Tag Archives: Marvel Knights

Review: Marvel Knights – Hulk 02

Written by Joe Keatinge
Art by Piotr Kowalski


This is one of the harder reviews I’ve written. The main reason this is so hard is because I’ve left the issue not hating and not loving, but genuinely not caring. There is no part of this issue that jumps out as me wanting to encourage anyone to read it, but if someone told me they did enjoy it I don’t have a strong enough negative inclination to fight them and call them “stupid” (because this is what’s supposed to happen on the internet). Honestly the best word I can give to describe this book is “apathy.”


This issue starts with at the ruins of the Louvre in Paris where two gamma irradiated men blew up which an amnesiac Banner survived. He is then kidnapped by an off-shoot of A.I.M. who is currently fighting A.I.M. They give him a super-soldier type drug to turn him into the Hulk but make him manageable to their will to help turn the fight in their favor. That is the entire plot of this issue. A little exposition and the introduction of pointless characters also occurred, similarly to the first issue.


I have no knowledge of Joe Keatinge or anything he has written in the past, but as I read this issue I kept feeling like he was failing miserably at channeling Warren Ellis. It felt like there were attempts at humor and ridiculousness like Agents of H.A.T.E. but after a down-to-Earth tone set at the introduction of the first issue I kept questioning if it was intentionally supposed to be humorous or if it was just really bad writing. And I think that was my major issue with this. I reread issue one to remember what had occurred right before I read issue two, and honestly it could have been two different writers handling each issue and I would’ve probably been more on board. The last Hulk story I really read was the end of Jason Aaron’s run called “Stay Angry” which was incredibly ridiculous and while not a classic I thought it was fun and enjoyable. I also loved Peter David’s masterful arc which had a much more serious tones. So I can accept either tone in a Hulk story, but the disjointed feeling between these two issues is enough to make me not care to continue reading. Also the language in this book (which I’m fine with cursing and have the mouth of a sailor anyways) feels forced to give the series an edge but isn’t really strong enough to actually make it edgy. It is kind of like when the f-bomb is dropped in a PG-13 movie and you’re offended, not by the word, but by some strange marketing ploy to use that word once just to get a PG-13 rating.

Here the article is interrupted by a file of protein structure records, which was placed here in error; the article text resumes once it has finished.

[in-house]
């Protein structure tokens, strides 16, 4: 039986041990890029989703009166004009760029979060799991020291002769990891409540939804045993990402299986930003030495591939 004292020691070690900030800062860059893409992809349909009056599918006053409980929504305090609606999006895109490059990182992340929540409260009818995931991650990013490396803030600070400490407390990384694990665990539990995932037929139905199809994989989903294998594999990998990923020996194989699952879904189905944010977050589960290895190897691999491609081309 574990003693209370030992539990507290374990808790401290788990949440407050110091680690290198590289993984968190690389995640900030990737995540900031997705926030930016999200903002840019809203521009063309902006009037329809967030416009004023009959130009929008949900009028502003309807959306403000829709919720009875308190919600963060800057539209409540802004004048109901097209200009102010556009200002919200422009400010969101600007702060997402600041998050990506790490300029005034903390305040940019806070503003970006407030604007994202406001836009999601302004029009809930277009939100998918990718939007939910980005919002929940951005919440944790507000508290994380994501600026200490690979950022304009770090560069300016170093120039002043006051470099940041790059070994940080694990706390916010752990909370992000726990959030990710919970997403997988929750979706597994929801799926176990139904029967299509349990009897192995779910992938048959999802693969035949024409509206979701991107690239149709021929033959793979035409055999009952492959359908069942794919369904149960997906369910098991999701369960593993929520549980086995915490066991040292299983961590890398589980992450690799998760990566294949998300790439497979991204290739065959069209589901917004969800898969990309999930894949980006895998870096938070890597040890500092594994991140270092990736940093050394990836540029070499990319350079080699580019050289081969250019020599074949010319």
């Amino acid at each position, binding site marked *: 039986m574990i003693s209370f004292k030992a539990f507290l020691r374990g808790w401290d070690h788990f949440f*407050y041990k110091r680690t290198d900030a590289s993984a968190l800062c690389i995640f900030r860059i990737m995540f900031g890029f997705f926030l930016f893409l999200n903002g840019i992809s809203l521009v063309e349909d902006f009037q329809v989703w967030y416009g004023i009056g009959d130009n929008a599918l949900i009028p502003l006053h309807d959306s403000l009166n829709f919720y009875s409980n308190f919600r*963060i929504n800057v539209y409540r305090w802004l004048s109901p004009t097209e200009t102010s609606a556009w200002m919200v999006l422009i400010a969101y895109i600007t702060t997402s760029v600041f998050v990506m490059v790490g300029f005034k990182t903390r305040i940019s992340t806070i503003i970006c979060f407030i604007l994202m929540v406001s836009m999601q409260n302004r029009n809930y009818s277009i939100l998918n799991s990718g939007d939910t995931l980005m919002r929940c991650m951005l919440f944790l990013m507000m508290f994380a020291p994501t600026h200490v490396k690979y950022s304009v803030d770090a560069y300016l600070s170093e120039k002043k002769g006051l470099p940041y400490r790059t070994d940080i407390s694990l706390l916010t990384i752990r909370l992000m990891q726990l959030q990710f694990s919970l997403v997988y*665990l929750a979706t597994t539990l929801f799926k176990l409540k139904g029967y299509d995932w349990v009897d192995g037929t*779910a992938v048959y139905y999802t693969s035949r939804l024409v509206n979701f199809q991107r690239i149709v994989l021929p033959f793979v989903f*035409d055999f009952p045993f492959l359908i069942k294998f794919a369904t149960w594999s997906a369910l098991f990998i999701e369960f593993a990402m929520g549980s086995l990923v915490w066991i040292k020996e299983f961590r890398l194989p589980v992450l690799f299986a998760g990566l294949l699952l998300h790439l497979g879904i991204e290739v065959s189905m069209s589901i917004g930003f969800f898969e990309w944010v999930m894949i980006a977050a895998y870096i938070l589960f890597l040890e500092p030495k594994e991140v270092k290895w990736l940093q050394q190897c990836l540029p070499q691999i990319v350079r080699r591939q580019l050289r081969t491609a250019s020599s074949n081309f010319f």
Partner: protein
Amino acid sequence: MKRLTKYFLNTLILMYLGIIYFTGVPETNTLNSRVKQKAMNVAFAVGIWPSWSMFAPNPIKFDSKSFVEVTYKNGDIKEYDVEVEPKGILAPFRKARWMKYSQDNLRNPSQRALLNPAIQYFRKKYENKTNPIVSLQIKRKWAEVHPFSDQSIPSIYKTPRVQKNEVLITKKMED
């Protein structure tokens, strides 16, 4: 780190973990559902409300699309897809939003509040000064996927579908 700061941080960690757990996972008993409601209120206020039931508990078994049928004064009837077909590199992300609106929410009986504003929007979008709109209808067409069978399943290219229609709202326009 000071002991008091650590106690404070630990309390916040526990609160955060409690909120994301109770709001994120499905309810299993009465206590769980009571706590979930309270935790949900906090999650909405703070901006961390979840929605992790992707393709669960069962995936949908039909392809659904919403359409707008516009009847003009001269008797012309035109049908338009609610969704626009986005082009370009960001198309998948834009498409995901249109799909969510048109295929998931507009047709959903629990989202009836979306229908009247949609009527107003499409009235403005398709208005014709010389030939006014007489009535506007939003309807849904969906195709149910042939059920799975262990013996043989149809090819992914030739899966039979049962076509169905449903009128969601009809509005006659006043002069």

I understand that Marvel is using the Marvel Knights imprint this time around to give an indie feel to superhero stories, and with Spider-Man (which is Amazing!) and X-Men (not too awful) I get that feel especially in the art. With Piotr Kowalski, they’re just drawings. I’m not sure if it is because of how apathetic I feel about the story, but I’m as equally apathetic about the art. It isn’t bad, and given the right story I think I could very much enjoy his artwork. But it rides this weird line where it isn’t really indie enough for me to accept some of the sloppiness as style. I think the best way to compare his work is to Emma Rios (The Amazing Spider-Man, Osborn, and Pretty Deadly), who has a stylistically sloppiness that helps build and defines the worlds in which she is telling the story. Kowalski’s art doesn’t help define a world or define the story, and for the most part, if Keatinge is trying to be humorous, his art style doesn’t help get that point across.